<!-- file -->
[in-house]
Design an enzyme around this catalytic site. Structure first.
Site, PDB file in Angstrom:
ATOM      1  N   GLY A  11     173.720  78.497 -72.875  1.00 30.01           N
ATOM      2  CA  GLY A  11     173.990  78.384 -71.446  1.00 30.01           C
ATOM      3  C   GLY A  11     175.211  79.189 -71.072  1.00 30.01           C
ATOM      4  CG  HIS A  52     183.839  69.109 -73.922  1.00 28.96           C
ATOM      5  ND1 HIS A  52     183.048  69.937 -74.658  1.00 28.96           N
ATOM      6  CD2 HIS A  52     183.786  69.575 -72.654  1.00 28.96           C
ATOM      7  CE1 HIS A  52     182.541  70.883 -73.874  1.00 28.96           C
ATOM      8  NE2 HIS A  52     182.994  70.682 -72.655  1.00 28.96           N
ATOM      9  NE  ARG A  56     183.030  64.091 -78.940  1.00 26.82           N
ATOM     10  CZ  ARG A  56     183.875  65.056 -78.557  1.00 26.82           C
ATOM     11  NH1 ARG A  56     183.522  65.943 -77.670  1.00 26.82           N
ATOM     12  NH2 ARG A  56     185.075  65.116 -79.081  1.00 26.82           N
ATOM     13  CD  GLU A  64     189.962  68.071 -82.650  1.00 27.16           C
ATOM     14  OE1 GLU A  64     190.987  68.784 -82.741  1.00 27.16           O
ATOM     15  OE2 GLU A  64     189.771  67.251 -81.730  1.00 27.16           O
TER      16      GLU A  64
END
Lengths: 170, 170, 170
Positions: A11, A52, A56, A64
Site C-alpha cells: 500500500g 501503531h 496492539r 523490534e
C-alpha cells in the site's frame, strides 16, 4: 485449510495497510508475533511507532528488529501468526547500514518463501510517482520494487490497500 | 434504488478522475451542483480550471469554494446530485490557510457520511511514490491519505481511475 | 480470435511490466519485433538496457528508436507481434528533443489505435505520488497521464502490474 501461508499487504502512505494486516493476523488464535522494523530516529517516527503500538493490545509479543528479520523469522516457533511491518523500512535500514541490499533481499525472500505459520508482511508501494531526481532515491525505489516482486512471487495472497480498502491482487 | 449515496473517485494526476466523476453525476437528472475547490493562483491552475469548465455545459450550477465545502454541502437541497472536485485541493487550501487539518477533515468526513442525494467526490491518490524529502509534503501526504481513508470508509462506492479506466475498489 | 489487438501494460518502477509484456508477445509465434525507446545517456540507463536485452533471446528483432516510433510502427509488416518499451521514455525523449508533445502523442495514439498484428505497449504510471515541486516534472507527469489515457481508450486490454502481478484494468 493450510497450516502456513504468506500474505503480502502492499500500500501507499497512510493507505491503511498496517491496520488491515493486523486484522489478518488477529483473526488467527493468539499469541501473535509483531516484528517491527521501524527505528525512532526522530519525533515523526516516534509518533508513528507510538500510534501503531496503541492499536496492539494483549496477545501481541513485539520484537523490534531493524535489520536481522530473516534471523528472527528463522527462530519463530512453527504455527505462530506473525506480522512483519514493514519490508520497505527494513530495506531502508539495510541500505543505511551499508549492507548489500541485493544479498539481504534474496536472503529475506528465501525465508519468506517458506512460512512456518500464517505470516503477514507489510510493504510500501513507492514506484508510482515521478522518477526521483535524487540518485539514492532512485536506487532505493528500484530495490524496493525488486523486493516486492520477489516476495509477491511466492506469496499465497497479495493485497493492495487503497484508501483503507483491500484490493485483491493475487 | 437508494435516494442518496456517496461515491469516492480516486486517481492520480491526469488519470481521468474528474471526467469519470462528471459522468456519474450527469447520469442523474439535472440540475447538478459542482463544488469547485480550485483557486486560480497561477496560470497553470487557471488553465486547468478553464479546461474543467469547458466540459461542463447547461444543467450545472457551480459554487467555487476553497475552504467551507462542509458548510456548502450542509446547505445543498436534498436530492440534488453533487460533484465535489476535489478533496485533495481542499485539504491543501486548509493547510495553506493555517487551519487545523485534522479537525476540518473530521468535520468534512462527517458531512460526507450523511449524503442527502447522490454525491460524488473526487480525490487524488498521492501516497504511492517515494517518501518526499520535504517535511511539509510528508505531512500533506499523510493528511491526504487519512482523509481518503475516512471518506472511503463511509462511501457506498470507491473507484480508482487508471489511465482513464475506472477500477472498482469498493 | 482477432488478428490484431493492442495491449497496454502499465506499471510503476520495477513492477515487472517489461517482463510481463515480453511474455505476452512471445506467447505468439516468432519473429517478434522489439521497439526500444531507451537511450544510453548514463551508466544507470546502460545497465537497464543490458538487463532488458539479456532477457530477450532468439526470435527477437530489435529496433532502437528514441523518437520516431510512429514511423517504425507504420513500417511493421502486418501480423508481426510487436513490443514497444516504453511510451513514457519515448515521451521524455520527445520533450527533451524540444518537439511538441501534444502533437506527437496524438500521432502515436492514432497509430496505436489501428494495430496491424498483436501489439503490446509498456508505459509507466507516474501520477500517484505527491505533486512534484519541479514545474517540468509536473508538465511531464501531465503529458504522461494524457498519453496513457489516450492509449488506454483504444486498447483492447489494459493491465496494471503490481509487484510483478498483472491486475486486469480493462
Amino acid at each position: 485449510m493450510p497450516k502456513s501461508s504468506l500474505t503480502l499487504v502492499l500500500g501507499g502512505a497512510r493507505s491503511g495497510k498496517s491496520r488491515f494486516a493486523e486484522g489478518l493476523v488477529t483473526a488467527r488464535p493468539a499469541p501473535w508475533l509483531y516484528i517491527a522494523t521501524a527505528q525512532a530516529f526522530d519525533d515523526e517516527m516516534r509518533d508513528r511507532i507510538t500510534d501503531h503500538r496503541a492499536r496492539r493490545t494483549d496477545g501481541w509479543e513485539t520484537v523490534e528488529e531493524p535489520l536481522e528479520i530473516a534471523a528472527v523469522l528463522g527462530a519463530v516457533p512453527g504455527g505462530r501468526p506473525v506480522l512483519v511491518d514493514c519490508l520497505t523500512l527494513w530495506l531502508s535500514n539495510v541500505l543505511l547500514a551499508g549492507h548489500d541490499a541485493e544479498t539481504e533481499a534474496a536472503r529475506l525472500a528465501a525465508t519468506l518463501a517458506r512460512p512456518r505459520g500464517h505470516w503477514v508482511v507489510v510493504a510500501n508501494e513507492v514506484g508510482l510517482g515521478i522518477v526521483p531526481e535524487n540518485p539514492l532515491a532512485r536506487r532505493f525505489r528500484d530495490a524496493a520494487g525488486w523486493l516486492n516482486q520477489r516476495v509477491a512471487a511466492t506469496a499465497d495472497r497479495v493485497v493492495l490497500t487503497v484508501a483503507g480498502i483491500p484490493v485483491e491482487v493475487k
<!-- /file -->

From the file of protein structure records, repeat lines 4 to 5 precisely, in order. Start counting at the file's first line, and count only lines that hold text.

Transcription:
ATOM      1  N   GLY A  11     173.720  78.497 -72.875  1.00 30.01           N
ATOM      2  CA  GLY A  11     173.990  78.384 -71.446  1.00 30.01           C